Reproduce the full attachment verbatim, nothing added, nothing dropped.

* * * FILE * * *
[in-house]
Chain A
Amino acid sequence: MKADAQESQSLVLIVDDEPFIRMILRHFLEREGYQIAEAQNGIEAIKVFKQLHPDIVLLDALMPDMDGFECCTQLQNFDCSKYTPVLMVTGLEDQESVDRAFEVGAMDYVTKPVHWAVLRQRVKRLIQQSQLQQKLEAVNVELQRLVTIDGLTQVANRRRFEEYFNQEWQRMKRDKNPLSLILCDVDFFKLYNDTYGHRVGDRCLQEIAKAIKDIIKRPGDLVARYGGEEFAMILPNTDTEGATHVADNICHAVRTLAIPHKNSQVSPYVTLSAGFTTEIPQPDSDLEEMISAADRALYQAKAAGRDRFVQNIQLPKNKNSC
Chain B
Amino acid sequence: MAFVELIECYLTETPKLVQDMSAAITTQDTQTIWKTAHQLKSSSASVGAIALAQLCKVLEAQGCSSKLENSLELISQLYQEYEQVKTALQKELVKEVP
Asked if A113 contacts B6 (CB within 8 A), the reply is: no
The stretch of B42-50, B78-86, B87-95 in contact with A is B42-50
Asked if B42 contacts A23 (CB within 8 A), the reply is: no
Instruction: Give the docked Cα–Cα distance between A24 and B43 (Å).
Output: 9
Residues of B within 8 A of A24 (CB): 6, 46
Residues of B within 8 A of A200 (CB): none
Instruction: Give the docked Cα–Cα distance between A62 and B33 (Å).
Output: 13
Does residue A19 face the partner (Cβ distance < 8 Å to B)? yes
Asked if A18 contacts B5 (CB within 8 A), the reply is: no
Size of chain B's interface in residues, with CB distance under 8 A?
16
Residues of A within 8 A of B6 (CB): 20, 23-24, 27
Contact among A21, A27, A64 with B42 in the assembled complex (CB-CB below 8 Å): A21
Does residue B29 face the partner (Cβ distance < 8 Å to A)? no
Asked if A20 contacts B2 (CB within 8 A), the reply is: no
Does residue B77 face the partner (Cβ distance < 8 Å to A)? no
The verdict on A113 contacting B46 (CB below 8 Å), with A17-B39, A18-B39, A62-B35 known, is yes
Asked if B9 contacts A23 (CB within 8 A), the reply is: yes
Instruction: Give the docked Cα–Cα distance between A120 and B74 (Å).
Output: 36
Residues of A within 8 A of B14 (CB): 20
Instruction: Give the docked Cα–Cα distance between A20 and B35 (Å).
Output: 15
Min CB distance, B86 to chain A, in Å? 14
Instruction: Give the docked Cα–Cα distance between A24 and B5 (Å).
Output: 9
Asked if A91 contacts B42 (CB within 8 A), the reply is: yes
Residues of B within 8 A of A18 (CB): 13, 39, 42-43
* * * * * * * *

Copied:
[in-house]
Chain A
Amino acid sequence: MKADAQESQSLVLIVDDEPFIRMILRHFLEREGYQIAEAQNGIEAIKVFKQLHPDIVLLDALMPDMDGFECCTQLQNFDCSKYTPVLMVTGLEDQESVDRAFEVGAMDYVTKPVHWAVLRQRVKRLIQQSQLQQKLEAVNVELQRLVTIDGLTQVANRRRFEEYFNQEWQRMKRDKNPLSLILCDVDFFKLYNDTYGHRVGDRCLQEIAKAIKDIIKRPGDLVARYGGEEFAMILPNTDTEGATHVADNICHAVRTLAIPHKNSQVSPYVTLSAGFTTEIPQPDSDLEEMISAADRALYQAKAAGRDRFVQNIQLPKNKNSC
Chain B
Amino acid sequence: MAFVELIECYLTETPKLVQDMSAAITTQDTQTIWKTAHQLKSSSASVGAIALAQLCKVLEAQGCSSKLENSLELISQLYQEYEQVKTALQKELVKEVP
Asked if A113 contacts B6 (CB within 8 A), the reply is: no
The stretch of B42-50, B78-86, B87-95 in contact with A is B42-50
Asked if B42 contacts A23 (CB within 8 A), the reply is: no
Instruction: Give the docked Cα–Cα distance between A24 and B43 (Å).
Output: 9
Residues of B within 8 A of A24 (CB): 6, 46
Residues of B within 8 A of A200 (CB): none
Instruction: Give the docked Cα–Cα distance between A62 and B33 (Å).
Output: 13
Does residue A19 face the partner (Cβ distance < 8 Å to B)? yes
Asked if A18 contacts B5 (CB within 8 A), the reply is: no
Size of chain B's interface in residues, with CB distance under 8 A?
16
Residues of A within 8 A of B6 (CB): 20, 23-24, 27
Contact among A21, A27, A64 with B42 in the assembled complex (CB-CB below 8 Å): A21
Does residue B29 face the partner (Cβ distance < 8 Å to A)? no
Asked if A20 contacts B2 (CB within 8 A), the reply is: no
Does residue B77 face the partner (Cβ distance < 8 Å to A)? no
The verdict on A113 contacting B46 (CB below 8 Å), with A17-B39, A18-B39, A62-B35 known, is yes
Asked if B9 contacts A23 (CB within 8 A), the reply is: yes
Instruction: Give the docked Cα–Cα distance between A120 and B74 (Å).
Output: 36
Residues of A within 8 A of B14 (CB): 20
Instruction: Give the docked Cα–Cα distance between A20 and B35 (Å).
Output: 15
Min CB distance, B86 to chain A, in Å? 14
Instruction: Give the docked Cα–Cα distance between A24 and B5 (Å).
Output: 9
Asked if A91 contacts B42 (CB within 8 A), the reply is: yes
Residues of B within 8 A of A18 (CB): 13, 39, 42-43